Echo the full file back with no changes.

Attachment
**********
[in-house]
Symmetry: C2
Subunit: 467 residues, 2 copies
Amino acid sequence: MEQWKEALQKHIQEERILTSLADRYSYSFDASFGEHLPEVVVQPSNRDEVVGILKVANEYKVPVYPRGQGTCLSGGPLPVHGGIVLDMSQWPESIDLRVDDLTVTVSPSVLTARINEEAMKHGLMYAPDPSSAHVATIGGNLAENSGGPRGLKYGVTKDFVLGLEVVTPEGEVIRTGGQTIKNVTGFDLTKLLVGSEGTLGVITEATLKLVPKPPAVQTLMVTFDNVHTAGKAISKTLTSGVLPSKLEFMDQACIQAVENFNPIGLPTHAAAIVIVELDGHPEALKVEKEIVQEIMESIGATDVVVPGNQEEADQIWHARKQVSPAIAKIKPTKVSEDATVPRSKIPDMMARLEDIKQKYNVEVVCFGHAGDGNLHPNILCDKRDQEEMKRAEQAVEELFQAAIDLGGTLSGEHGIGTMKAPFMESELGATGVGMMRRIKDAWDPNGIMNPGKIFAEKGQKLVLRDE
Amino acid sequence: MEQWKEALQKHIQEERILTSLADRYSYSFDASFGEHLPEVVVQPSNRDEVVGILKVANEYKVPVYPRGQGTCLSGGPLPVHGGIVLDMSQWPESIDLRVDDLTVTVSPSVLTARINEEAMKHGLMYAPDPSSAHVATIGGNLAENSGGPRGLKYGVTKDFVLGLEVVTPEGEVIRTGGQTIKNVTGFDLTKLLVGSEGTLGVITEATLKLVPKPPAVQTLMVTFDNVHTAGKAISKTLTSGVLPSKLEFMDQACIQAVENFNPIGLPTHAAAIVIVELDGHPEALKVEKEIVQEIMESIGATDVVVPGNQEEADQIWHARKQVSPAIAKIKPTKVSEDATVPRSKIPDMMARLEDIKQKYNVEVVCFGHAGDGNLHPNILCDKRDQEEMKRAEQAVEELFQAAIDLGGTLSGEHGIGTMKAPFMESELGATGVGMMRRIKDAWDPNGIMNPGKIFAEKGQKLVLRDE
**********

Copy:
[in-house]
Symmetry: C2
Subunit: 467 residues, 2 copies
Amino acid sequence: MEQWKEALQKHIQEERILTSLADRYSYSFDASFGEHLPEVVVQPSNRDEVVGILKVANEYKVPVYPRGQGTCLSGGPLPVHGGIVLDMSQWPESIDLRVDDLTVTVSPSVLTARINEEAMKHGLMYAPDPSSAHVATIGGNLAENSGGPRGLKYGVTKDFVLGLEVVTPEGEVIRTGGQTIKNVTGFDLTKLLVGSEGTLGVITEATLKLVPKPPAVQTLMVTFDNVHTAGKAISKTLTSGVLPSKLEFMDQACIQAVENFNPIGLPTHAAAIVIVELDGHPEALKVEKEIVQEIMESIGATDVVVPGNQEEADQIWHARKQVSPAIAKIKPTKVSEDATVPRSKIPDMMARLEDIKQKYNVEVVCFGHAGDGNLHPNILCDKRDQEEMKRAEQAVEELFQAAIDLGGTLSGEHGIGTMKAPFMESELGATGVGMMRRIKDAWDPNGIMNPGKIFAEKGQKLVLRDE
Amino acid sequence: MEQWKEALQKHIQEERILTSLADRYSYSFDASFGEHLPEVVVQPSNRDEVVGILKVANEYKVPVYPRGQGTCLSGGPLPVHGGIVLDMSQWPESIDLRVDDLTVTVSPSVLTARINEEAMKHGLMYAPDPSSAHVATIGGNLAENSGGPRGLKYGVTKDFVLGLEVVTPEGEVIRTGGQTIKNVTGFDLTKLLVGSEGTLGVITEATLKLVPKPPAVQTLMVTFDNVHTAGKAISKTLTSGVLPSKLEFMDQACIQAVENFNPIGLPTHAAAIVIVELDGHPEALKVEKEIVQEIMESIGATDVVVPGNQEEADQIWHARKQVSPAIAKIKPTKVSEDATVPRSKIPDMMARLEDIKQKYNVEVVCFGHAGDGNLHPNILCDKRDQEEMKRAEQAVEELFQAAIDLGGTLSGEHGIGTMKAPFMESELGATGVGMMRRIKDAWDPNGIMNPGKIFAEKGQKLVLRDE